Milestone 1: Complete a partial implementation of the Thread Pool Manager. This should allocate a given number of threads, maintain a queue of pending tasks, and assign tasks to be handled by the threads. This component can be created and tested in isolation from the rest of the system.

Milestone 2: Use the java.nio.channels.Selector class to register and deregister incoming SelectionKeys on the server side. You should also be able to create randomized data packets as byte arrays.

Milestone 3: The server should be able to read incoming data from multiple clients, and clients should be able to send data.

Milestone 4: Your server implementation should use the thread pool to handle clients and be able to manage up to 100 concurrent connections, and send replies back to clients that send data to the server.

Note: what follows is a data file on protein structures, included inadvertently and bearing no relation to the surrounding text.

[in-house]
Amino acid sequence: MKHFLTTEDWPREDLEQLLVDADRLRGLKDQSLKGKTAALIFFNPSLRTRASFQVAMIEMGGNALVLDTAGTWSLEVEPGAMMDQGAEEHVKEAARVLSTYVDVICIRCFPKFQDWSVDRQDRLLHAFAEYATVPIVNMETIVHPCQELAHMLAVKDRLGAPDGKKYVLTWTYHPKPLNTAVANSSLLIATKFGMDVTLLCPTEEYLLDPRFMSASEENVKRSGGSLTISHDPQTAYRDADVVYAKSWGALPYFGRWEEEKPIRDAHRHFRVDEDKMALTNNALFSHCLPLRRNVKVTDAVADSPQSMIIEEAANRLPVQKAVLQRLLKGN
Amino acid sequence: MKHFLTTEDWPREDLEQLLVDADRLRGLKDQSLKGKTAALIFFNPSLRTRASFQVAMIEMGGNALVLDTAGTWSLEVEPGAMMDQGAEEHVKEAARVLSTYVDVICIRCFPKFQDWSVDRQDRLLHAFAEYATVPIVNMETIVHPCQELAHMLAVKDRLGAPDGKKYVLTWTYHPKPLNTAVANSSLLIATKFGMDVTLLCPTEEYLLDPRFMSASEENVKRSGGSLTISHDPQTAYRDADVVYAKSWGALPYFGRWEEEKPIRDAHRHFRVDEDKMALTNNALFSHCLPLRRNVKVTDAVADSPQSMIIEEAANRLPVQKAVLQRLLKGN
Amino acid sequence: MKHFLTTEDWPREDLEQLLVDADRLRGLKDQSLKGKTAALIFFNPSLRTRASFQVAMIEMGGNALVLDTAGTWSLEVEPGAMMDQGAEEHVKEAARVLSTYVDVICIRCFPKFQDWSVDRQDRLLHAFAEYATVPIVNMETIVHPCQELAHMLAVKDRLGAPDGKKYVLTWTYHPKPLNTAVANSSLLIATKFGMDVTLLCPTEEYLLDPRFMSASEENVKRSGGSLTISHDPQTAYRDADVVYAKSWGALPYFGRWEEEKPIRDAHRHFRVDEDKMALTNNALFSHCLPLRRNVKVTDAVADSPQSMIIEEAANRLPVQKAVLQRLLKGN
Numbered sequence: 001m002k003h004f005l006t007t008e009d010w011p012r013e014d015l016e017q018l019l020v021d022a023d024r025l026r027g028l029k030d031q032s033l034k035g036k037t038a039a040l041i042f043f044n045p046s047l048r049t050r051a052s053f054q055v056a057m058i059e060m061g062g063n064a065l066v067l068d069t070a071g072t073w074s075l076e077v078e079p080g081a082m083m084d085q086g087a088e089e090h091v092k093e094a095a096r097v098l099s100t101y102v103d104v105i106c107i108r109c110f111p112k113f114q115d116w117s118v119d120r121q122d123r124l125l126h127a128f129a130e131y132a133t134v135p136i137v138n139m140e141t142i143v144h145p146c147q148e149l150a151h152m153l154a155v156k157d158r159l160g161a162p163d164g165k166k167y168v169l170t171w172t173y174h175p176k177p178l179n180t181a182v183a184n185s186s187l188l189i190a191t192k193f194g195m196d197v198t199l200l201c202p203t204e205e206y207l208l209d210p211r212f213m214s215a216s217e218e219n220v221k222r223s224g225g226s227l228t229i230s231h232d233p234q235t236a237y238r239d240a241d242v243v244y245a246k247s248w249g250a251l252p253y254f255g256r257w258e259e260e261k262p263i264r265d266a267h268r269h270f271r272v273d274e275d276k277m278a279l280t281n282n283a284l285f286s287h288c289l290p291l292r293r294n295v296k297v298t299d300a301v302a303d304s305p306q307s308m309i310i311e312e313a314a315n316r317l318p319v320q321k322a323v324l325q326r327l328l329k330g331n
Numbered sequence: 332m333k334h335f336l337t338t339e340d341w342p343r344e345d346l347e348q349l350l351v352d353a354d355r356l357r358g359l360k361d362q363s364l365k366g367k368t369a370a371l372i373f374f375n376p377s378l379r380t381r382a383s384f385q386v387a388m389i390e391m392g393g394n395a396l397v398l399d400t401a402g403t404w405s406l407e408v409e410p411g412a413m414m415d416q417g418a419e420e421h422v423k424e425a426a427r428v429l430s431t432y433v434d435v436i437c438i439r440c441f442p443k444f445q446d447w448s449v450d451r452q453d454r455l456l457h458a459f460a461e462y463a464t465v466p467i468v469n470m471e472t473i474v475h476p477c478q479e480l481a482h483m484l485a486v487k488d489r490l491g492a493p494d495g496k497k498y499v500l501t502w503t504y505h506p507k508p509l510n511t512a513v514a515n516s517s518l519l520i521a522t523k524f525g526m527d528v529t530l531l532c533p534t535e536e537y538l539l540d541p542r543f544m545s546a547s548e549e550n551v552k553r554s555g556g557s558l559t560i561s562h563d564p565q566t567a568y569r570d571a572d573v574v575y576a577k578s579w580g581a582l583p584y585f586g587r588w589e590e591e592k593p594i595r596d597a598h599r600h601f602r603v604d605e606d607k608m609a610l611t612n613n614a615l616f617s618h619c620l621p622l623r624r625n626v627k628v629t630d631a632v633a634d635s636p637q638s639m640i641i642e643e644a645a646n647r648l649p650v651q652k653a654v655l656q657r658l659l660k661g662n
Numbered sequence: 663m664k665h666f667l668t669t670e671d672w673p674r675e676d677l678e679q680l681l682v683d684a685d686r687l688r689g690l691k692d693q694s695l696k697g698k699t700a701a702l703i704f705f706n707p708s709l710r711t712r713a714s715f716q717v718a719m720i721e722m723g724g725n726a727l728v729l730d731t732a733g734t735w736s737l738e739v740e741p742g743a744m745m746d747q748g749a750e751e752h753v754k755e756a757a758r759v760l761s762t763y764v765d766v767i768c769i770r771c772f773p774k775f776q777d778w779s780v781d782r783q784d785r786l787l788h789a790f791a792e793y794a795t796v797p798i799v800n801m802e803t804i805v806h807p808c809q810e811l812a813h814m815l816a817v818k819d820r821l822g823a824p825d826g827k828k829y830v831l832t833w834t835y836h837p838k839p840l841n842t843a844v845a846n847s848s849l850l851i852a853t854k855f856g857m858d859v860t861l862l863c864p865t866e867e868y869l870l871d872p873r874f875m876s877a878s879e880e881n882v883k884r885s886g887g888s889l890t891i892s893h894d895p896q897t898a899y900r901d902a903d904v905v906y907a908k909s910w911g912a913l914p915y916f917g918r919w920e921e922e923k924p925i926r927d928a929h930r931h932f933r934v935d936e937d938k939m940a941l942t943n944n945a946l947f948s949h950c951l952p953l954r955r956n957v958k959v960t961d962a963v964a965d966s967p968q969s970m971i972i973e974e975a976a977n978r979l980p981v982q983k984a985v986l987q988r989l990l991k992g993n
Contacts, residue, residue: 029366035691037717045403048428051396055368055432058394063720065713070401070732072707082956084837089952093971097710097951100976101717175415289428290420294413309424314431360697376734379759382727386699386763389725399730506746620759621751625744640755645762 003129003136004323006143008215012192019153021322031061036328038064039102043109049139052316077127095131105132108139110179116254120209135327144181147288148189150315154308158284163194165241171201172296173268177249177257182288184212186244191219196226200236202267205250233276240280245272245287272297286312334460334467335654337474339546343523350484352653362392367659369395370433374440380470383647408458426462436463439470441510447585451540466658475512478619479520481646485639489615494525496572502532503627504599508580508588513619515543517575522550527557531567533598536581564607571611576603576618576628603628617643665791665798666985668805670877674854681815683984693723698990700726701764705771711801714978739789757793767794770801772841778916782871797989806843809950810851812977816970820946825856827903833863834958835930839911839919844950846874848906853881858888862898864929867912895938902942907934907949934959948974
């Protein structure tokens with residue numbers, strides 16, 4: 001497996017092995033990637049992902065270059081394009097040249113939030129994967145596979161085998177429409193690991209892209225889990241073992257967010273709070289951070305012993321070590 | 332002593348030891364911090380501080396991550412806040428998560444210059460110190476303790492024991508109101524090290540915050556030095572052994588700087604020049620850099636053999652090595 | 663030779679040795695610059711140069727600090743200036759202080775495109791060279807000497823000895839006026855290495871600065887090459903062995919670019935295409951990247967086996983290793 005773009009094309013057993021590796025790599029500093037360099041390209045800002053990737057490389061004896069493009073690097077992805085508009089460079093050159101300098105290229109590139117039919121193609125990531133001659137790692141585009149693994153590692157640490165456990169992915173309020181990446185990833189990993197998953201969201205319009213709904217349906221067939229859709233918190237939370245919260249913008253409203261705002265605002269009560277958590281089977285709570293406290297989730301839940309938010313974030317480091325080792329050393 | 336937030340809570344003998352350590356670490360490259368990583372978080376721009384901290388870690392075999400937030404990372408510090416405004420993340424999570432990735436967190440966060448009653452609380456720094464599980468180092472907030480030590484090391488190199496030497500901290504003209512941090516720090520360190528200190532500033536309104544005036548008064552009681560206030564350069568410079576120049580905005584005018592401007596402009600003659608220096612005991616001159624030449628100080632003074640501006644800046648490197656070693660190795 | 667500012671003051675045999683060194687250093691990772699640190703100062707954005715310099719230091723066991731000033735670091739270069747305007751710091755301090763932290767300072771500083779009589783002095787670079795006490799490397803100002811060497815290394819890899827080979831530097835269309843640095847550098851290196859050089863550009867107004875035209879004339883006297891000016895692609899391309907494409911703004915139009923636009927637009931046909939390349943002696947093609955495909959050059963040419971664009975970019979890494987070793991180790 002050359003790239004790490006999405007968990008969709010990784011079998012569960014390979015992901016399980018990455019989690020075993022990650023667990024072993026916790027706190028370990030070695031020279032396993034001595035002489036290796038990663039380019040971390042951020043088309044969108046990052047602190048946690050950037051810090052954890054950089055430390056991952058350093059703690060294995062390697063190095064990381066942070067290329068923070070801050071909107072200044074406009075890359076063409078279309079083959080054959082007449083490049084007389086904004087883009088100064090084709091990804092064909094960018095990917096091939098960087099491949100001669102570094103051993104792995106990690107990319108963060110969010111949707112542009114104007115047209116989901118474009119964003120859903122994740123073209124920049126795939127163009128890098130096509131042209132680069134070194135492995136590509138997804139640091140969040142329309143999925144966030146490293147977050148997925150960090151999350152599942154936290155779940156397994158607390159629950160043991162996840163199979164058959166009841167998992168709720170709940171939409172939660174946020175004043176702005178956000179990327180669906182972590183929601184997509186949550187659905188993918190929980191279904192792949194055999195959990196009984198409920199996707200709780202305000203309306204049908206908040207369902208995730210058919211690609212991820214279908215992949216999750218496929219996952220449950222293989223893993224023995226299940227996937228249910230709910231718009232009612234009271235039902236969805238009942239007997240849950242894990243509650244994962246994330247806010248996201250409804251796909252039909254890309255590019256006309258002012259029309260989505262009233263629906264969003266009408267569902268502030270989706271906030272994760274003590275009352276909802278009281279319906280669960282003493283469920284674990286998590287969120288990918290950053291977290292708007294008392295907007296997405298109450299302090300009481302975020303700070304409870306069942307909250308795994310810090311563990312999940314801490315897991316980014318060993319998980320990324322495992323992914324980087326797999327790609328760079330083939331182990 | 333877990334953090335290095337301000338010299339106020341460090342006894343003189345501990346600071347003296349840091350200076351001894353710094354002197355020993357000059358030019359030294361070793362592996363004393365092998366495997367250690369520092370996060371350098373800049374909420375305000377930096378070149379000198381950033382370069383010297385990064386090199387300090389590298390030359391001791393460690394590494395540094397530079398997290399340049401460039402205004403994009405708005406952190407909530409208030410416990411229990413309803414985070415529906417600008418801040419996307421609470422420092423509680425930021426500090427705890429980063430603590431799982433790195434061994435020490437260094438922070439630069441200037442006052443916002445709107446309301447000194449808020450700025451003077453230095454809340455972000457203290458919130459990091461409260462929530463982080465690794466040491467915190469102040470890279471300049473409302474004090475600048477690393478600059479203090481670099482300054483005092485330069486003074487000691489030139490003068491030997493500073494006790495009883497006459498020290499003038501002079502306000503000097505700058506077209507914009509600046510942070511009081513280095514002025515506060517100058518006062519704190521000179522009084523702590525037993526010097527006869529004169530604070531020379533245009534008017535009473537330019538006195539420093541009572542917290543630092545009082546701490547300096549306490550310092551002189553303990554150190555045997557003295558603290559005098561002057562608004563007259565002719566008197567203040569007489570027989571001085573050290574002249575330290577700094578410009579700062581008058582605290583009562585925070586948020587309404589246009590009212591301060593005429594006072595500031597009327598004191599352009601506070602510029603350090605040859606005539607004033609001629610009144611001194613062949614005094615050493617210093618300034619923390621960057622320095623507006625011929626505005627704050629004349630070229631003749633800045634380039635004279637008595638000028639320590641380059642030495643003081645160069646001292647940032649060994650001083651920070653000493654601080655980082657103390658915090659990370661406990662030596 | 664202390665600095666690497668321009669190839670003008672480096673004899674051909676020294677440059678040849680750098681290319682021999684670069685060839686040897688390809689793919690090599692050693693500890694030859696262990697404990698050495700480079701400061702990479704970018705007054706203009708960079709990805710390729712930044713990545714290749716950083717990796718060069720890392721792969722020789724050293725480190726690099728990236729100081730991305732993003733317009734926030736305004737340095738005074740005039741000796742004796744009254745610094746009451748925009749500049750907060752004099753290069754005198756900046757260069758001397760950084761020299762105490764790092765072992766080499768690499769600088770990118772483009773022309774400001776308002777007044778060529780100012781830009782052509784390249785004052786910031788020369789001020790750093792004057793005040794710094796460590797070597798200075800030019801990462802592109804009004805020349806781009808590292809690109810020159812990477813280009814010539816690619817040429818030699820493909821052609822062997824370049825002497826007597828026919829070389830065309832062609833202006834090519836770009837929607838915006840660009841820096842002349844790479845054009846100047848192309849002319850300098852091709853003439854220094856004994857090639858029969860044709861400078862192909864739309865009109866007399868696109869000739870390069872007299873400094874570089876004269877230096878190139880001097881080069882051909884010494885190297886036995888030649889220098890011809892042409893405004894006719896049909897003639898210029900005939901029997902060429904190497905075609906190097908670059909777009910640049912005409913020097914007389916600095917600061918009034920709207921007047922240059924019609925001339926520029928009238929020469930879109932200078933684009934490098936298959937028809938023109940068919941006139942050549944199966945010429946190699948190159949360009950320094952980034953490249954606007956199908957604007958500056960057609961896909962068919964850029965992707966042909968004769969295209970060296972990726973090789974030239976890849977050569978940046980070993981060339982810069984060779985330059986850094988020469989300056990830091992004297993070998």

7 What to Submit

Use the CS455 checkin program to submit a single .tar file that contains:

  • All the Java files related to the assignment (please document your code)

  • A Makefile that performs both a make clean as well as a make all,

  • A README.txt file containing a description of each file and any information you feel the GTA needs to grade your program.

The folder set aside for this assignment’s submission using checkin is HW2-PC

Filename Convention: The class names for your client and server should be as specified in Section 3.

You may call your support classes anything you like. All classes should reside in a package called cs455.scaling. The archive file should be named as <LastName>_<FirstName>_HW<x>-PC.tar. For

example, if you are John Doe then the tar file should be named John-Doe-HW2-PC.tar.